Tuesday, September 6, 2011

Pitch it right

Do remember your first novel will most likely be your breakthrough work. So, how do you wow an editor?

Writing is only one part of the game, albeit the most important one. After finishing your novel, you want to see it in print and, hopefully, make a few bucks from it. In the West that would mean a literary agent. In India, though, those are few and far between. Everything is vested in the fiction editor. This month let's look at the world from the point of view of an editor.

A former fiction editor at a noted international publishing firm recently told me she quit her job to start her own independent imprint because she was unable to publish the kinds of books she was passionate about. The reason — the brief from her bosses to acquire only certain sellers. When she joined the business in the 1990s, publishers still had a midlist which was made up of authors in which they were investing for the long run. In other words they were supporting talent in the hope that the author would deliver a big hit eventually. Hence authors like John Irving and Don DeLillo were able to survive a few flops before writing their breakthrough novels — The World According to Garp for Irving and Underworld for DeLillo. This penchant for certain sellers has now become the publishing norm, certainly for the big boys, as a result of which the midlist has shrunk considerably. So bear in mind that nowadays your first novel to be published will most likely be your breakthrough novel. And that actually might be the second or third novel you write. Very few writers get it right the first time round. Midnight's Children, for instance, was the fourth novel Salman Rushdie ever wrote. After that he was able to publish everything he had lying about in his drawers.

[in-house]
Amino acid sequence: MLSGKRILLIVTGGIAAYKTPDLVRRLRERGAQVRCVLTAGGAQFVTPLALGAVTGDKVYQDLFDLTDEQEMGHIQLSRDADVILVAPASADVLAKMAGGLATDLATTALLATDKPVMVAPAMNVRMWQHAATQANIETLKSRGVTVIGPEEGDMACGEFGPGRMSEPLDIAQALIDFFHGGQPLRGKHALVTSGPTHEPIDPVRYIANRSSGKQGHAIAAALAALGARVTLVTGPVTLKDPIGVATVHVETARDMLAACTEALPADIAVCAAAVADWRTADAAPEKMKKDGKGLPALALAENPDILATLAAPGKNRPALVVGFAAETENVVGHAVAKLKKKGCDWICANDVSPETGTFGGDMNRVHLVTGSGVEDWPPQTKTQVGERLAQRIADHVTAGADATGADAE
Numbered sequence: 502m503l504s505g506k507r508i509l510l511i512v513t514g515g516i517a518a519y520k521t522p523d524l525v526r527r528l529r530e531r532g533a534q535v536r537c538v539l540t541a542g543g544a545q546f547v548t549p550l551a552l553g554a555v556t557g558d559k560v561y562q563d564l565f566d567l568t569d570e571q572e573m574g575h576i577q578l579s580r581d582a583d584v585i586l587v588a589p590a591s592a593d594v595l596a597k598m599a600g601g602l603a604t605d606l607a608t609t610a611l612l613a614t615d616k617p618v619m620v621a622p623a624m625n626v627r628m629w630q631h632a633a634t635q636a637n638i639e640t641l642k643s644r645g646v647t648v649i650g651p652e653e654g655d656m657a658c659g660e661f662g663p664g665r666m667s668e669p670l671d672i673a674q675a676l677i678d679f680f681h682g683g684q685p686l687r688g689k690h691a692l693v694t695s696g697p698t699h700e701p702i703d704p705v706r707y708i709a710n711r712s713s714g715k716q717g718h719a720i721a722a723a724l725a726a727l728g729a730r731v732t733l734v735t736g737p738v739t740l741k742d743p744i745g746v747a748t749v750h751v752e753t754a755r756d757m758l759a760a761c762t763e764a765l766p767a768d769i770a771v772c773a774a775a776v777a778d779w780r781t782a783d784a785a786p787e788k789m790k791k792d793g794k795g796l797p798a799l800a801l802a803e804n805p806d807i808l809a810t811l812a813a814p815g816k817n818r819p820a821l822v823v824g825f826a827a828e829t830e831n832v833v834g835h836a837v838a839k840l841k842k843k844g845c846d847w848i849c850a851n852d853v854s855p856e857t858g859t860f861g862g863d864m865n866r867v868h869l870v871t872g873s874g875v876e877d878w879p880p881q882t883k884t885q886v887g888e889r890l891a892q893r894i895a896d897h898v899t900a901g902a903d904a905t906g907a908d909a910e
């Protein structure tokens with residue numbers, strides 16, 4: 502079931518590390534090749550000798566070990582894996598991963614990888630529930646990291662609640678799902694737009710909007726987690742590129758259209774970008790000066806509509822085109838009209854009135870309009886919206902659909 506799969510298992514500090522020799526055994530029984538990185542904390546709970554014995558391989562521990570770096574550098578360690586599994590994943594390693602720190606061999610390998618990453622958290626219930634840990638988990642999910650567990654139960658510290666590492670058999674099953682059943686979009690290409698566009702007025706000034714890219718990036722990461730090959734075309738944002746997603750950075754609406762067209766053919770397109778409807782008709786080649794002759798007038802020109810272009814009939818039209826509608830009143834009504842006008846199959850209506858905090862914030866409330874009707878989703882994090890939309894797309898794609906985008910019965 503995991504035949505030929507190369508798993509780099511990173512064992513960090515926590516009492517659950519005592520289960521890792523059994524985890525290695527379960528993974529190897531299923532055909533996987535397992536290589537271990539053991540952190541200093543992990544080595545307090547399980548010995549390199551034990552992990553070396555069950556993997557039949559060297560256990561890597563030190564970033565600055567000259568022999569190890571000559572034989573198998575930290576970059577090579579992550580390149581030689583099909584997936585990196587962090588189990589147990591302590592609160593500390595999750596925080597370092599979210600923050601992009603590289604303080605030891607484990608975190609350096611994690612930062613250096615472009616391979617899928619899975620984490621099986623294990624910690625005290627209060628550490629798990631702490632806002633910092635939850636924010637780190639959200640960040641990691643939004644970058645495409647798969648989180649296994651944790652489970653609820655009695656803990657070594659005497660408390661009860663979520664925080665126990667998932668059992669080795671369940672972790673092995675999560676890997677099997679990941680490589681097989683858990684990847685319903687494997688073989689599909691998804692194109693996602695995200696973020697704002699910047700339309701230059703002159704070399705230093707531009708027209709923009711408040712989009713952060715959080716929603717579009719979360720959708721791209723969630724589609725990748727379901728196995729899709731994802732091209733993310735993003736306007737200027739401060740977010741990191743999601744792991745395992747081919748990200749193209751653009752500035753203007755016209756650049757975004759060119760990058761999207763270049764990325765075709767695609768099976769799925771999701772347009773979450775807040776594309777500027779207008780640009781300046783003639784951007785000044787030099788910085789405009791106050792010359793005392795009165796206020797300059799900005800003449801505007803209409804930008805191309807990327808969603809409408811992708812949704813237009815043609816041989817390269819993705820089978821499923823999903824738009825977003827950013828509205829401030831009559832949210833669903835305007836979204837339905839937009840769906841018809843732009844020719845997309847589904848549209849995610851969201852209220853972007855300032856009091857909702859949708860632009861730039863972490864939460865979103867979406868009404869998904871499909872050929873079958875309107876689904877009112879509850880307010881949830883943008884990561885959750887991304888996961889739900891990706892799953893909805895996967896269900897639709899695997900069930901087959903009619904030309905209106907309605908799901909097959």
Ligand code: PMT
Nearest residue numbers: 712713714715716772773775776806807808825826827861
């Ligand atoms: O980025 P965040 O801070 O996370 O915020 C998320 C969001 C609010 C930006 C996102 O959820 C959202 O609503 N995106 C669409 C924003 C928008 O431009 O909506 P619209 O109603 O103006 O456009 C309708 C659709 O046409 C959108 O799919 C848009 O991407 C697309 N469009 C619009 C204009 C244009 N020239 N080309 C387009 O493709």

How do you wow an editor? Well, irrespective of the kind of novel you are writing, you have to write one hell of an opening. These are not the days of the Victorian novel a la Charles Dickens where the author could spend the first 70 pages establishing the world of the novel before making anything happen. We live in an age of short attention spans, and a fiction editor's attention span is very short indeed. So if you don't hook him or her in the first ten-to-15 pages then you are in trouble.

Full report here Hindu

No comments:

Post a Comment